This past week, in a blatant show of protecting his butt, David Letterman made a mockery of his show, his marriage, his fans, and the women with whom he works. Letterman’s performance was pure CYA. As he alternately apologized and joked about his now-infamous indiscretions with his subordinates on the show, his audience reacted with confusion – some laughter, some silence, but a heavy dose of “okay, you’ve apologized, so forget about it.” Is it any wonder that sexual harassment is still rampant in this country and so hard to combat?
Letterman’s actions should be considered sexual harassment, and, instead of feigning concern for his subordinate female employees, he should have been slithering off the set for good. He acknowledged his actions were “creepy.” Creepy? creepy? The man is a cave man throwback to the days when males in superior positions rode roughshod over their female employees. Rather than face retribution or loss of jobs, women caved in and were subjected to various means of humiliation in the workplace.
Letterman managed to turn what in many cases are illegal actions into fodder for his evening joke lines. And, the sad thing? CBS is cautiously standing behind him and the audiences seem ready to put it all in the past. On-the-street interviews with average citizens found most of them with the blase attitude of “he did it, he apologized, move on.”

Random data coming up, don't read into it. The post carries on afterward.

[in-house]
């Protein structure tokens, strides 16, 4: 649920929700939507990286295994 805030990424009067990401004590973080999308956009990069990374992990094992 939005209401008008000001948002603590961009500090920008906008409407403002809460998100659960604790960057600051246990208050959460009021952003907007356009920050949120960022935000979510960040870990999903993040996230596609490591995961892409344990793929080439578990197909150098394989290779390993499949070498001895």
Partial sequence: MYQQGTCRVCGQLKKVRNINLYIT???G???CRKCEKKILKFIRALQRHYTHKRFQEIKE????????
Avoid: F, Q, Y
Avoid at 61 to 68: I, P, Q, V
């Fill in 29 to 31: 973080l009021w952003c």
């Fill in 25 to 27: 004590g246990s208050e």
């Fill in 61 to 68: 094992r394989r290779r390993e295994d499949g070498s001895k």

Although the females involved have gallantly stepped up to the plate and stated there was no sexual harassment and everything was just hunky-dory consensual, what seems to be missed in this whole, sorry episode is the concept that when a superior propositions a lower-ranking employee, there is always a measure of coercion.
The coercion may be slight, but it nevertheless exists. After all, how do you say no to a boss who controls your destiny without a fear of consequences?
Sexual harassment can be one of two kinds. The first is what is called “quid pro quo” or a “this for that” situation. The superior says if the woman will do something for him, he will do something nice and good for the woman. The key is that in order to establish a case, the woman must show that she was actually harmed in some way if she does say no. If she says no but cannot show some type of negative retribution, then the legal cause disappears. This form of sexual harassment is based on pure power – the power of the superior to coerce the underling.
The second kind of sexual harassment is called “hostile work environment.” This situation usually occurs when women compose a very small percentage of a work force, for example, women in a typically male-dominated environment. The male counterparts make the environment sexually uncomfortable, often with sexual innuendo, off-color jokes, nude pinups, etc. You get the idea.
Letterman’s actions should be pursued as sexual harassment, and he should not be able to walk away from this joking all the way to the bank. Let’s face it, wrong as the blackmailer is, Letterman would not have come forward had the plot not existed. And, while the public outcry over politicians who carry on affairs reaches a fever pitch, Letterman’s dalliances created a surge – 22% to be exact – in his show’s ratings.
The picture below says it all. Letterman even joked about Martin Short’s sitting on Steve Martin’s lap by stating that sitting too long could lead to a blackmail scheme.
Wow, and we wonder what has happened in this country.